Minimalism is all about stripping back the superfluous and unnecessary. It can be as simple as leaving your GPS watch at home or in my case it can lead to a re-evaluation of what I want to put on my feet. Over 6 years of marathon training I had become used to dealing with pain in my hips, shins, knees and feet. I had accepted it as the price to pay for training for the marathon distance. Then I discovered ultramarathons and that upped the ante considerably. Training would be more intense and the opportunity for injury increased accordingly. I knew that something had to change. Something was causing the pain and I refused to believe that it was simply an inevitable result of running.
Research into the issue led me to believe that my issue wasn't the mileage or time on my feet. The issue wasn't where I ran or for how long or even how fast. The issue was *how* I ran.
Modern shoes are designed to forgive, cushion and insulate your feet from the terrain underneath them. They are there to control motion so you can impact through that cushioned heal and keep your foot stable and inflexible.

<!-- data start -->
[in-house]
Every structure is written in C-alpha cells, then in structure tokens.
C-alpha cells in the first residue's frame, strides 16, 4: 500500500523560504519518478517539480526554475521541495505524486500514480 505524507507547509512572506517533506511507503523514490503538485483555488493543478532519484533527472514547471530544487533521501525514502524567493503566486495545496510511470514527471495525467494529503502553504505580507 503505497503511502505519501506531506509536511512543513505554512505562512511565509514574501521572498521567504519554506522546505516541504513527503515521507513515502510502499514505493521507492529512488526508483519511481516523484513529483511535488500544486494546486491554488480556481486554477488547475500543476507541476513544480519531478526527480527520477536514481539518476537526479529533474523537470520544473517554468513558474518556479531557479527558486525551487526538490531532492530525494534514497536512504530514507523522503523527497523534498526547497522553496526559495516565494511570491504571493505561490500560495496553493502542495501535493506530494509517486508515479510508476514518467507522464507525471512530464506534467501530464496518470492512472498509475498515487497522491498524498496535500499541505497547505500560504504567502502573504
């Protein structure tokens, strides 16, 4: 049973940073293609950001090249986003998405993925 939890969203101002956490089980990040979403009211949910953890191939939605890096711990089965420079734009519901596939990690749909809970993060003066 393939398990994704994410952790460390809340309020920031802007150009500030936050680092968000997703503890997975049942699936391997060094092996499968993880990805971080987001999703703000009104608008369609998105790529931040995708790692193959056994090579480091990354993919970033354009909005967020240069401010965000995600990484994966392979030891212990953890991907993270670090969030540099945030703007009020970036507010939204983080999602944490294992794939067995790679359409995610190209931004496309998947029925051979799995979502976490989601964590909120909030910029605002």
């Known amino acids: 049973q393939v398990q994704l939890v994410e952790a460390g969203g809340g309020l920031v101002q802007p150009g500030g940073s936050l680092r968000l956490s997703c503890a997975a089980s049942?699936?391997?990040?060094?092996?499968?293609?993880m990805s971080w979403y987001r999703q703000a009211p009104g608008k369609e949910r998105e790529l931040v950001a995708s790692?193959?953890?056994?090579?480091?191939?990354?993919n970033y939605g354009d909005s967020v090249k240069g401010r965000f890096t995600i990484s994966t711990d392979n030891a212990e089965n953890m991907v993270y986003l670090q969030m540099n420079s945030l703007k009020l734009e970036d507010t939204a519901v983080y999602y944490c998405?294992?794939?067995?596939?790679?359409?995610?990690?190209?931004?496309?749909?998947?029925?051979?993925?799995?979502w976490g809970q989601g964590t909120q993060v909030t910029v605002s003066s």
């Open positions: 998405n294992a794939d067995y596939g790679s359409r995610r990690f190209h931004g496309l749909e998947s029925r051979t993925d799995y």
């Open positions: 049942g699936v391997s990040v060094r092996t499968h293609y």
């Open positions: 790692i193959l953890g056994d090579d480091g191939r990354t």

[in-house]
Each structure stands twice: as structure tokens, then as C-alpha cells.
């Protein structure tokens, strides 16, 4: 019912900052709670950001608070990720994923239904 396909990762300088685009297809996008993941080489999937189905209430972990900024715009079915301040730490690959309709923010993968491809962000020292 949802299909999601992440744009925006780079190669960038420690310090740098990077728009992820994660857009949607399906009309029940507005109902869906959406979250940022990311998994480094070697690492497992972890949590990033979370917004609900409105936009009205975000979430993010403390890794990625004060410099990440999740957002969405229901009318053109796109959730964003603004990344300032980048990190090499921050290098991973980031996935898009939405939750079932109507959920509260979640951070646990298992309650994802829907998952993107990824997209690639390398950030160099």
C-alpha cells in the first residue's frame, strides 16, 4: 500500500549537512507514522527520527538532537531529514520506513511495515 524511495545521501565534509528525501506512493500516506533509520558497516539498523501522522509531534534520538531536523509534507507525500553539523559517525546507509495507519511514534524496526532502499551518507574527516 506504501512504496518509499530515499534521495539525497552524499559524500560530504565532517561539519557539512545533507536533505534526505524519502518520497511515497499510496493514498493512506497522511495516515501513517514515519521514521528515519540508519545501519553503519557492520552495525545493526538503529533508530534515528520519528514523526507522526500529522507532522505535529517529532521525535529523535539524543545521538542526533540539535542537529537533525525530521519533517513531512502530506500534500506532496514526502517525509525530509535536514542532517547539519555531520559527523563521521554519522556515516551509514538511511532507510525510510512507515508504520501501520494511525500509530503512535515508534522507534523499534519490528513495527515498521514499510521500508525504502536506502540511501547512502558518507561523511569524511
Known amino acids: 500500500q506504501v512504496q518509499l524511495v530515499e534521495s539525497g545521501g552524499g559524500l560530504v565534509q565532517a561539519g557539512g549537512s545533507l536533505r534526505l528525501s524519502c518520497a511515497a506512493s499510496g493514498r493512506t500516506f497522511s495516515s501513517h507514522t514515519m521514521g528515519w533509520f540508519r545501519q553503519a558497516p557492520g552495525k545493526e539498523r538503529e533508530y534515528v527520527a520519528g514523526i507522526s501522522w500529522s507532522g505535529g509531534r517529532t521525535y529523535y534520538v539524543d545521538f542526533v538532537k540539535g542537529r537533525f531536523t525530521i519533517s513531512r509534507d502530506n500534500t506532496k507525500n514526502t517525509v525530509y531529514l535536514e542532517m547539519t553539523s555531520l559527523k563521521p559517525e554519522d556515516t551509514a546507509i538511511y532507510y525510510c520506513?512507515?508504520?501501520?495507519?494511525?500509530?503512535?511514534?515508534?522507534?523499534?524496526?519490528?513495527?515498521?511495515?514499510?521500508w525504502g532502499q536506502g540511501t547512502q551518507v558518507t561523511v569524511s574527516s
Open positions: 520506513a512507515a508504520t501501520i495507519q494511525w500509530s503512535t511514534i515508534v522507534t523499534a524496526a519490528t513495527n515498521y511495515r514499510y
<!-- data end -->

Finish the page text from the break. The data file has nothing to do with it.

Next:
One morning I was running through a park in London. I stopped and looked at my feet and knew immediately what I needed to do. I took the shoes off, picked them up and set off barefoot. It's an almost childlike feeling running on grass with nothing on your feet. I was acutely aware of every foot-fall and found that the way I was running was remarkably different in a myriad of ways.
After a time I reached the end of the park and put my shoes back on but I was hooked. I wanted to run like that all the time. I could sense that for the first time I'd just run "properly", it felt like I was simply flowing.
And that's the journey I'm on every day when I set off out for a run. What I put on my feet is always the minimum I can use for the terrain as I want the maximum feedback through to my feet and I don't want my footwear changing how I run in the slightest. The goal is to be a better runner. A runner for life.